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NATO to send more troops to the region, top general says

KABUL, Afghanistan -- NATO-led troops battling resurgent Taliban militants will soon be reinforced with another combat brigade, the top NATO commander in Afghanistan said yesterday.

General David Richards said the brigade will consist of members of different nations participating in NATO's International Security Assistance Force. A brigade is typically 1,500 to 3,500 troops. Richards did not specify how many reinforcements he expected. "I anticipate at least another brigade of combat troops from ISAF nations coming here shortly and more after that," he told reporters.

At NATO headquarters in Brussels, officials would not say what countries planned to send reinforcements, saying such announcements are up to individual nations.

However, several countries plan to boost their contributions in answer to requests for more troops to join the fight against the Taliban.

Poland is expected to send about 1,200 soldiers in February and British media have reported that Britain is considering deploying 600 extra troops. It was not clear if Richards was referring to those upcoming troop contributions.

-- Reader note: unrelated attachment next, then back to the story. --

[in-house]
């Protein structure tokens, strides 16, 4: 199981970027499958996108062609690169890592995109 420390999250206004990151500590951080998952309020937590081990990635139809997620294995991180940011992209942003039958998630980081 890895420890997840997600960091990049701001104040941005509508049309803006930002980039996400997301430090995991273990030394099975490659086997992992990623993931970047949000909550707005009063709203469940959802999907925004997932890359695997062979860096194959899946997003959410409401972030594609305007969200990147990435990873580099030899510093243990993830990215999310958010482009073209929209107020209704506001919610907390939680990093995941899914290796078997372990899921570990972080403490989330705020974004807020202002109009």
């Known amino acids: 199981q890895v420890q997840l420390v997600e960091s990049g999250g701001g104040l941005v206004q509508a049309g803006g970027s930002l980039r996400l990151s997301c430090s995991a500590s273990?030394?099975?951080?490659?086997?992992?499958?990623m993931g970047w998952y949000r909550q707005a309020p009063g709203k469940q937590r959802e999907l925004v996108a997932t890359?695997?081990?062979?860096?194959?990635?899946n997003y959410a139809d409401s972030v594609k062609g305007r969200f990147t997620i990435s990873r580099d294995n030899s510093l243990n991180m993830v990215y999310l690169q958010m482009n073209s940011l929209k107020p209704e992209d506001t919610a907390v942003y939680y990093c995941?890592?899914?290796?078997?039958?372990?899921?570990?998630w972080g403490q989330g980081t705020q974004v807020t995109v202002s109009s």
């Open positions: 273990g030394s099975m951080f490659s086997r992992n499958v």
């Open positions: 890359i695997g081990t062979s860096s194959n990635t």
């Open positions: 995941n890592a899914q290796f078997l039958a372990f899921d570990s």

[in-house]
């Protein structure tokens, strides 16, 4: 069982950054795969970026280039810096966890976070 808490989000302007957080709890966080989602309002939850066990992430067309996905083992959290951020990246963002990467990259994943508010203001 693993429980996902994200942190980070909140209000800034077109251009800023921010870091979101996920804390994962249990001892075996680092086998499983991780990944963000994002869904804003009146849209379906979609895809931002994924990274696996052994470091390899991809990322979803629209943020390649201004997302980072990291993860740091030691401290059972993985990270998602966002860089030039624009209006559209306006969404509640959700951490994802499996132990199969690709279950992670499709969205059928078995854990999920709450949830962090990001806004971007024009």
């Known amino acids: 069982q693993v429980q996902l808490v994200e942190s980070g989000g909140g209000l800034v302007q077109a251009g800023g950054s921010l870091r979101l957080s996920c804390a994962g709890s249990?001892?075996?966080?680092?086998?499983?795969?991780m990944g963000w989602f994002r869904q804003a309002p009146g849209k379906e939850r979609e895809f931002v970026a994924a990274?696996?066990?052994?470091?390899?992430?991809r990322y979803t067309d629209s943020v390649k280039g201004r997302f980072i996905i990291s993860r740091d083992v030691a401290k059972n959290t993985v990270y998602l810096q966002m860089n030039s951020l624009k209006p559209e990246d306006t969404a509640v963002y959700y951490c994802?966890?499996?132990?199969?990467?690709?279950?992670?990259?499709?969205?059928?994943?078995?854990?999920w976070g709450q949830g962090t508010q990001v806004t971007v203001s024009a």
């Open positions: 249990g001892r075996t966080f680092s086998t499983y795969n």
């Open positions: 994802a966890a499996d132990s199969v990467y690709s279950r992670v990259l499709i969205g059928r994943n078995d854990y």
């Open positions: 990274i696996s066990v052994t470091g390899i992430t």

In addition, the US Defense Department said Wednesday that 3,200 soldiers from the New York-based 10th Mountain Division already in the country would have their tour extended by four months.

The NATO-led force, which is bracing for renewed fighting with Taliban militants this spring, is about 20 percent short of the troop levels pledged by its contributing nations.

Richards made the comments during the opening of a joint operations center in Kabul that will be manned by officers from Afghanistan, Pakistan, and NATO. The three are trying to increase coordination in their counter insurgency efforts.

Also yesterday, Italy's government approved financing for the country's military mission in Afghanistan despite calls for a pullout by far-left parties in Premier Romano Prodi's coalition. Prodi has agreed to keep Italy's 1,800-strong contingent in Afghanistan, although he has resisted NATO's request to increase its size.

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